Philosophie als digitale Geisteswissenschaft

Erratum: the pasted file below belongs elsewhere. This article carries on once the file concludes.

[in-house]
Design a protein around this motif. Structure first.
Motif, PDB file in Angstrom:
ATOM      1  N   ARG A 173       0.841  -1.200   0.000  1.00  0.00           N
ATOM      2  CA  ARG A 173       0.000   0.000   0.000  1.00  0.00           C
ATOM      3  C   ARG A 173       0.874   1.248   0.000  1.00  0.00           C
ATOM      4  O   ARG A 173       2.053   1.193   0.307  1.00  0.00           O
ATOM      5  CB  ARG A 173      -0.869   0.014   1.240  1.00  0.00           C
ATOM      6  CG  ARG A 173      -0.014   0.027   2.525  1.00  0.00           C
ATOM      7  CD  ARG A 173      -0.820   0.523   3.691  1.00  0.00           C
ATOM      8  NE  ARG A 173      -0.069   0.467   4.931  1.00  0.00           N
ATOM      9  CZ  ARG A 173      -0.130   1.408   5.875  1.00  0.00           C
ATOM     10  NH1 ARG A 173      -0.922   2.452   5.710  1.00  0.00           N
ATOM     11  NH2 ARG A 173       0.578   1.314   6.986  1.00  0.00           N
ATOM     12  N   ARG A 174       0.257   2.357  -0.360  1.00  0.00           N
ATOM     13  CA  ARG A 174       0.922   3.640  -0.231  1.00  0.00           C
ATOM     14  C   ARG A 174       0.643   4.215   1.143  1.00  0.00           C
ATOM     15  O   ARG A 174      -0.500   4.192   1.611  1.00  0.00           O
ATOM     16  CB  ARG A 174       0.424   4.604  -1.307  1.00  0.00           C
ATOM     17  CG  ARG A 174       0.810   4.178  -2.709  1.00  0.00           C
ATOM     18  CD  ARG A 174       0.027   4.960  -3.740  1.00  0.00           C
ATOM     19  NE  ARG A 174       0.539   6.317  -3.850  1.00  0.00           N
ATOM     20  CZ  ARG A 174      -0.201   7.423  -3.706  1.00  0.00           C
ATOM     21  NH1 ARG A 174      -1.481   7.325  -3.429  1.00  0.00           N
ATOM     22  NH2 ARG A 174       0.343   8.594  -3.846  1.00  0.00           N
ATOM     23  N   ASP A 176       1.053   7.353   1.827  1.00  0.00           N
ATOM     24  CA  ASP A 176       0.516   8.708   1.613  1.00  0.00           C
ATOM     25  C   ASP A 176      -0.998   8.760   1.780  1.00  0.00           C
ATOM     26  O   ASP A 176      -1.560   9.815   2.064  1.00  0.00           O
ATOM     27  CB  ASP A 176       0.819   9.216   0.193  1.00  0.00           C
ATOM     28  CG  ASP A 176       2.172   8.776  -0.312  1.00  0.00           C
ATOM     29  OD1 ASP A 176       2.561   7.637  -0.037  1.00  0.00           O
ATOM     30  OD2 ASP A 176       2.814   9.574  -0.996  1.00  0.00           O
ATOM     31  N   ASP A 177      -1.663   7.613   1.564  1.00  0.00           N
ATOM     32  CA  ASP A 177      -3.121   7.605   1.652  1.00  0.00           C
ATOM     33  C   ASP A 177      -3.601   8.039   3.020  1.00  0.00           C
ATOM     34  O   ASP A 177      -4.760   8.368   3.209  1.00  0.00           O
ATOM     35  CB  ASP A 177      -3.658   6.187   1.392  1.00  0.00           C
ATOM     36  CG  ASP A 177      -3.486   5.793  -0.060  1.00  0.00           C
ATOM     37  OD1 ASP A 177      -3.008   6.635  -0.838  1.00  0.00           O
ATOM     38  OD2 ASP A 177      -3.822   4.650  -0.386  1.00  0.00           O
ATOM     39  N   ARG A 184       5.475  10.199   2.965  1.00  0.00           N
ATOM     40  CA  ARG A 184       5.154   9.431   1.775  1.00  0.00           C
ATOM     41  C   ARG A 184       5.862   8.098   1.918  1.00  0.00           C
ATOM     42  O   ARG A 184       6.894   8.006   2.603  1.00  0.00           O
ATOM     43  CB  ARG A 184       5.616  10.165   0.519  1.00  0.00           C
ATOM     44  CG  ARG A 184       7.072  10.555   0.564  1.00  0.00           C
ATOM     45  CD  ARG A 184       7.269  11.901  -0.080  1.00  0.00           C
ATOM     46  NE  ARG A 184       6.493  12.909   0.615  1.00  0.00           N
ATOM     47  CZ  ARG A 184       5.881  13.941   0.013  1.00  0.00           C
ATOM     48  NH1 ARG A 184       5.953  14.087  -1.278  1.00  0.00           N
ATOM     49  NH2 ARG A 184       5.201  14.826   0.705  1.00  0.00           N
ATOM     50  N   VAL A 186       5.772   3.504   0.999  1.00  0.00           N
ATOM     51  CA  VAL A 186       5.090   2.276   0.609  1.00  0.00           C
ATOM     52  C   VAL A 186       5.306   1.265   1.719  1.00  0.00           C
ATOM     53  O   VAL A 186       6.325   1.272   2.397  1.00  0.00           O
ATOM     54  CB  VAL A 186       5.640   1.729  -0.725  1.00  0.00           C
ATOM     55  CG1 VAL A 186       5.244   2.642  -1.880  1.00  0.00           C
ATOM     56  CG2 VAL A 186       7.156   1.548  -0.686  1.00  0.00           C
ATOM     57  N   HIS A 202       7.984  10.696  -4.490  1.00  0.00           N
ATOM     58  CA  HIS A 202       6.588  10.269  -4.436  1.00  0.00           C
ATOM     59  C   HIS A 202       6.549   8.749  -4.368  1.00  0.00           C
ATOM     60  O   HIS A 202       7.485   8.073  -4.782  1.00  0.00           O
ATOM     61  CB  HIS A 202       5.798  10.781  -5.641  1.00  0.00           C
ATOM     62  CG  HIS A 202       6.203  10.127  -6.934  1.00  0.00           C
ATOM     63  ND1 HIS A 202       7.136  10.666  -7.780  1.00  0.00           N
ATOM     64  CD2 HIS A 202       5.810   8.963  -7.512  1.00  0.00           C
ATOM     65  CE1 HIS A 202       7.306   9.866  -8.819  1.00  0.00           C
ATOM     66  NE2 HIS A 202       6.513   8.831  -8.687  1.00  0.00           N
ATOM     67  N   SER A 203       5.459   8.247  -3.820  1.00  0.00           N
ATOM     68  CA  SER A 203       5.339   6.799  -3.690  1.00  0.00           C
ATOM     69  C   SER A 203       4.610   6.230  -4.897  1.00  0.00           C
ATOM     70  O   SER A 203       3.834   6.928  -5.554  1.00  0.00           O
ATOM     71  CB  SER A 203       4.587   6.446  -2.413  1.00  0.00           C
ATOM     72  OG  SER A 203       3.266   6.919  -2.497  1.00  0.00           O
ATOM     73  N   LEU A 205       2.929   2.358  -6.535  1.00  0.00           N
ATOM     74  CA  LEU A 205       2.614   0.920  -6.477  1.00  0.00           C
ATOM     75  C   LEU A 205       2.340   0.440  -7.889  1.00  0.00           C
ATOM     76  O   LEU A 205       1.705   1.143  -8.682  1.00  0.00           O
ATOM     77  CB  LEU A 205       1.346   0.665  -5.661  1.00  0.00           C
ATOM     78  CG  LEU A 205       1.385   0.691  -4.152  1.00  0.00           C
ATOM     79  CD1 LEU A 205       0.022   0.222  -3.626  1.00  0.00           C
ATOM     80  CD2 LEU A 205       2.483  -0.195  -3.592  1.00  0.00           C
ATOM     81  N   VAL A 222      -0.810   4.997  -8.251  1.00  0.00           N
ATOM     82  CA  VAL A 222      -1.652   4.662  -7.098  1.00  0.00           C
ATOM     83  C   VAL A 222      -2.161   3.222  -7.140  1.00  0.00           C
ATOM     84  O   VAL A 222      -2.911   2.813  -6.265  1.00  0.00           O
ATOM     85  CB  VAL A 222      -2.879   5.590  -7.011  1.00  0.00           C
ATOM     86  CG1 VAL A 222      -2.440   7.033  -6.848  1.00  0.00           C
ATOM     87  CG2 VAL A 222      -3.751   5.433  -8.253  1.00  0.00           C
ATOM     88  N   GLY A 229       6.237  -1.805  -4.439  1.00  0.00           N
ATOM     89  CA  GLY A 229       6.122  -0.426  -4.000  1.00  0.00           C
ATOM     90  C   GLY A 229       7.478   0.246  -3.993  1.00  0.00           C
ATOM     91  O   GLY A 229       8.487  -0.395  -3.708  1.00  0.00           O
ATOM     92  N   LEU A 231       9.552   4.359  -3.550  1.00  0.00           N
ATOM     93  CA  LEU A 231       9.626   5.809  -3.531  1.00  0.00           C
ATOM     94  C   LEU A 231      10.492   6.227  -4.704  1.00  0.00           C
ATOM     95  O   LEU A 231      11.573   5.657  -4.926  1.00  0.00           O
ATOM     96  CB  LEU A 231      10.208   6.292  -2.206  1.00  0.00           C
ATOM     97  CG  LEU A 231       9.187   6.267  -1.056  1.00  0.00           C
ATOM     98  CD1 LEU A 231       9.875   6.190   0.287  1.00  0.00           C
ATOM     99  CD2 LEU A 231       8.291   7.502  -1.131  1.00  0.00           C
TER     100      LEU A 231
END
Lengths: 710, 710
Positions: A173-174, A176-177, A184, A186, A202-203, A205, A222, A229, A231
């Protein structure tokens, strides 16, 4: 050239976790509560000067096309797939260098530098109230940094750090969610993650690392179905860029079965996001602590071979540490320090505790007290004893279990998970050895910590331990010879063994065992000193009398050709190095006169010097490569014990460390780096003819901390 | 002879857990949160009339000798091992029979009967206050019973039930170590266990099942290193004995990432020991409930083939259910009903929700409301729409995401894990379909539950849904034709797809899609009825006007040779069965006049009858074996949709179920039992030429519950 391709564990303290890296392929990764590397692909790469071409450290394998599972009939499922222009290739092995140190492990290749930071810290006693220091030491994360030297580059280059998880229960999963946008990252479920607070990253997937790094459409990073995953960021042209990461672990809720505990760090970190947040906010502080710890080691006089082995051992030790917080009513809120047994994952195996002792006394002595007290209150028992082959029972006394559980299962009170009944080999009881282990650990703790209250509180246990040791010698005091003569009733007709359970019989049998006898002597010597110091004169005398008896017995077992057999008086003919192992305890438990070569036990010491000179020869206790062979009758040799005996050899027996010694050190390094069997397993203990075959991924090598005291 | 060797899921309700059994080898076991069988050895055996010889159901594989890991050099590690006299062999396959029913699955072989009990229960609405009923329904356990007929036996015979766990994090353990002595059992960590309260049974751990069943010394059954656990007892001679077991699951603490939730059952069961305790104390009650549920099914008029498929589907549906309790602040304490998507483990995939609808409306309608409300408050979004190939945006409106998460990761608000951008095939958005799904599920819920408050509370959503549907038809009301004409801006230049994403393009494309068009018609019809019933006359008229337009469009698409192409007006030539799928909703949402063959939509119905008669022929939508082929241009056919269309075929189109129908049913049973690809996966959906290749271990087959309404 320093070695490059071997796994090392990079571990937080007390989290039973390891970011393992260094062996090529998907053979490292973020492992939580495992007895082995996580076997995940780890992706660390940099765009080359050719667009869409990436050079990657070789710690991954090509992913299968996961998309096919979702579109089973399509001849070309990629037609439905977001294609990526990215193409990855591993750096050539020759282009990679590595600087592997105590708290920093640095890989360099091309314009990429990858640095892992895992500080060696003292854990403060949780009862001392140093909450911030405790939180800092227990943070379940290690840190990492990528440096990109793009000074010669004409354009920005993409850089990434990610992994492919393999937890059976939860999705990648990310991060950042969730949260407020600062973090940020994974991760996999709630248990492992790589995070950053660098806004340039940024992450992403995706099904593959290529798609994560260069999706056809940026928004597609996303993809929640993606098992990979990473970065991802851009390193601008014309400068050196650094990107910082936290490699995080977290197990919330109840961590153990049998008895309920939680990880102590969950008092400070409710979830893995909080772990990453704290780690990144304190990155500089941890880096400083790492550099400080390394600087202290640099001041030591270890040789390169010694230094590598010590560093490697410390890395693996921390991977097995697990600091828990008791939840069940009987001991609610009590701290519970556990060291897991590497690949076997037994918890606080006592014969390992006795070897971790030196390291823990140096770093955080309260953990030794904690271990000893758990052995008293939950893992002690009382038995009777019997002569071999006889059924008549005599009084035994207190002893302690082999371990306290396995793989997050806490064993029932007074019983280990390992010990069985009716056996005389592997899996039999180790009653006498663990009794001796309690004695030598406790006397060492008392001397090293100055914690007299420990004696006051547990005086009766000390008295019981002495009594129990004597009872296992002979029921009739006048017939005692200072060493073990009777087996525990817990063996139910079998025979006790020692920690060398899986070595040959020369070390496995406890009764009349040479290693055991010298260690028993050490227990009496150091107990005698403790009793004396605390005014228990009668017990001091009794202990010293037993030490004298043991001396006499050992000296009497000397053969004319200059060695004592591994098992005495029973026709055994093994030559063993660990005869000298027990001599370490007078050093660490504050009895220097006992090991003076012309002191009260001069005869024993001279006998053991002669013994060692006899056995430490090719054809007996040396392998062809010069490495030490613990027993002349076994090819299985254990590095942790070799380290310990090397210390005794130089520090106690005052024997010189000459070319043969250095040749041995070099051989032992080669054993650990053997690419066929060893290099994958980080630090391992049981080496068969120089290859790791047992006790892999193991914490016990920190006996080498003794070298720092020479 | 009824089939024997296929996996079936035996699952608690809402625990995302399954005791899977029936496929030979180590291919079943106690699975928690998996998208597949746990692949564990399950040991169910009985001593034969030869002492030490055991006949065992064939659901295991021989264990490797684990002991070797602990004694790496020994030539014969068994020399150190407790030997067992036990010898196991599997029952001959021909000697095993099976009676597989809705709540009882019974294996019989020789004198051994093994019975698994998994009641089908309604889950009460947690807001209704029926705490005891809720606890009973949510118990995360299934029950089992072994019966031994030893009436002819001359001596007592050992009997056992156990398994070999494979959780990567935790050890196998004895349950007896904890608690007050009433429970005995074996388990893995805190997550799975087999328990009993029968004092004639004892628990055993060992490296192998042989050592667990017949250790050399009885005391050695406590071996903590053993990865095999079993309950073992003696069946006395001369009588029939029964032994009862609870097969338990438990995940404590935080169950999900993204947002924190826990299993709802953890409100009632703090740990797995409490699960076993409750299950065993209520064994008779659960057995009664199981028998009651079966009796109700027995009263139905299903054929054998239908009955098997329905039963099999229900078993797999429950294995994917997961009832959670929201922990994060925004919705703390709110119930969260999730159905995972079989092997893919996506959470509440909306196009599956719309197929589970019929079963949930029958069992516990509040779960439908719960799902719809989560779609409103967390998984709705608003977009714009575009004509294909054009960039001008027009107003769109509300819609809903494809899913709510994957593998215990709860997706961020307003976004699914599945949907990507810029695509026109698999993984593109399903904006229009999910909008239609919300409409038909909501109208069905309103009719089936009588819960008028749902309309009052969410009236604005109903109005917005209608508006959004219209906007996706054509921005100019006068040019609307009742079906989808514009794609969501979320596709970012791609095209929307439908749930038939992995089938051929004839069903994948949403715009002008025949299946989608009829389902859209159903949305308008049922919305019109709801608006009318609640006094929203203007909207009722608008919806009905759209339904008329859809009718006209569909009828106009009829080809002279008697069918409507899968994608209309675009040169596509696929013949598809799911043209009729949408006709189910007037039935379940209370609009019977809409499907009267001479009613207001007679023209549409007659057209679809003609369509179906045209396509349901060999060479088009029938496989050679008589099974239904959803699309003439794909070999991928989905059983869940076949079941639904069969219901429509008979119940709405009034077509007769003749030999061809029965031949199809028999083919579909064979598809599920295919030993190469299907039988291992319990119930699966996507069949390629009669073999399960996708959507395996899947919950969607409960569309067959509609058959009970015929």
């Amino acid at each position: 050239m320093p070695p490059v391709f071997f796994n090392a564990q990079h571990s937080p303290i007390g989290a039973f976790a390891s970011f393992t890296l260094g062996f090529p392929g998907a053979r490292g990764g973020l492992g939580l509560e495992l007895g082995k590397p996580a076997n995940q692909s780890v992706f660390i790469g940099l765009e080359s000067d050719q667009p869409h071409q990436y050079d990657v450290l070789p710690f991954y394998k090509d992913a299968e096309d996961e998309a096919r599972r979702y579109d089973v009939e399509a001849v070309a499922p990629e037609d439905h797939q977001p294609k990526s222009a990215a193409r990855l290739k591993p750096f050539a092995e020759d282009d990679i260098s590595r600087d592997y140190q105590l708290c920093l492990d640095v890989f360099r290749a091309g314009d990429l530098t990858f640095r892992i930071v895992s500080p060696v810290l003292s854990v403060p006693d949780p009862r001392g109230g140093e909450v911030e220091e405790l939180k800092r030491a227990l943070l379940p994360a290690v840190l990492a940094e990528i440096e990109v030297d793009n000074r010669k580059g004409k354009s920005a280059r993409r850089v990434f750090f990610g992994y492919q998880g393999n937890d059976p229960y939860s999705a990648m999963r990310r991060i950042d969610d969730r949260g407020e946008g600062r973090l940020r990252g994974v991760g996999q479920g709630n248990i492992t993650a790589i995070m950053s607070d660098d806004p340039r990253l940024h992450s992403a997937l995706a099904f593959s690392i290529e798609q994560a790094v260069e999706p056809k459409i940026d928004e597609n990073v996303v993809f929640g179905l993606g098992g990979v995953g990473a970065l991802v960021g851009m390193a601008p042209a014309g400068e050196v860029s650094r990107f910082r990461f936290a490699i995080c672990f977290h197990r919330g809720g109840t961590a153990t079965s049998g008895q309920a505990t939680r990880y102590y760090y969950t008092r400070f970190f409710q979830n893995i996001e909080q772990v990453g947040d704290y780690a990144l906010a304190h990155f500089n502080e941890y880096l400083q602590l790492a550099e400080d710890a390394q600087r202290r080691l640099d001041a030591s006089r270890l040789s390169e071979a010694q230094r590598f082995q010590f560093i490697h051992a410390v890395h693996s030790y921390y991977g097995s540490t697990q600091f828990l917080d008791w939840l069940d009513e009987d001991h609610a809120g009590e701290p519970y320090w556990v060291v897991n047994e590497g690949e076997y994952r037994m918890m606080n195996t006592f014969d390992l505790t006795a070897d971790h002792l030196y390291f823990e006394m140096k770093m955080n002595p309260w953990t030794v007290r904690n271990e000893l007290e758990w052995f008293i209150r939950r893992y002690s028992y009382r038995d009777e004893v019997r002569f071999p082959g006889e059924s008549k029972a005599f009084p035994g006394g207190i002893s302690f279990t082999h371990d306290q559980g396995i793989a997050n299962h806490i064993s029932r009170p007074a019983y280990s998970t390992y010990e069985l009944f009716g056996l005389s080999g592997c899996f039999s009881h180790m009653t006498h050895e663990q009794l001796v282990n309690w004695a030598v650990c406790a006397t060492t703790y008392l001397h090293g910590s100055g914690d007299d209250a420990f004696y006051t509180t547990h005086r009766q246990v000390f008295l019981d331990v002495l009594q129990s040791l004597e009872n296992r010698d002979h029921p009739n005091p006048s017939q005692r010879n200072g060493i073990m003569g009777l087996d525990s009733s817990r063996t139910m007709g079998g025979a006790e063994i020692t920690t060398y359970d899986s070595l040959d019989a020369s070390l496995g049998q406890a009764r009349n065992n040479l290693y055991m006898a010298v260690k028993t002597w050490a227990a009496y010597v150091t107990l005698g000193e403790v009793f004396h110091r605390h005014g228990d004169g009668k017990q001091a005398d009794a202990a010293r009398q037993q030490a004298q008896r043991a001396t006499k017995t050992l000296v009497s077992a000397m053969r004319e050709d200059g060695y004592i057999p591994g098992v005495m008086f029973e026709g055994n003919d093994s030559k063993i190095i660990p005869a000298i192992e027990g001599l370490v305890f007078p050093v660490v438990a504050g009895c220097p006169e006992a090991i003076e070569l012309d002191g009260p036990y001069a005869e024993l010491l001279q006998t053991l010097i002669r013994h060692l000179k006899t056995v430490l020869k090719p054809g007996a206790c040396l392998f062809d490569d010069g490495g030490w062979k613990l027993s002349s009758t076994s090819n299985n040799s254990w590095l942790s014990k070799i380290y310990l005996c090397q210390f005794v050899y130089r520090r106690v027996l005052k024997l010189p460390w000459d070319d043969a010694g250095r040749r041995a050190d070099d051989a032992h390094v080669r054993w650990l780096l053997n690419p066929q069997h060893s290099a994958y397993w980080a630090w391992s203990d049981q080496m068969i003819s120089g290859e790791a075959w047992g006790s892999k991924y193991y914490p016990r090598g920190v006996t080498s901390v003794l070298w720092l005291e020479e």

Within the Digital Humanities, philosophy still plays quite a marginal role. My investigation into the reasons behind this situation is divided into two parts. The first addresses the role of the discipline in the early years of DH, concentrating on a pioneering project that until now has been ignored in the historiography of early DH research: the Kant Index. Work on the index started in 1958, only one year after the publication of the first automated concordance in 1957. The first volume was published in 1967, seven years before the first publication of a volume of Busa’s Index Thomisticus. If we look at later developments, there seems to be a certain asymmetry between trends in the English-speaking world and German-language philosophy. This may suggest that philosophy in the German-speaking regions understands itself first and foremost as a ‘book discipline’, so that electronic forms of publication – the central venue for DH work – are viewed with suspicion. Nevertheless, I show in the second part that on a global scale DH work does play a role in the discipline. I identify five areas of interest: (1) editions and infrastructure, (2) prosopography, (3) text mining, (4) Semantic Web technologies, and (5) reflections on method.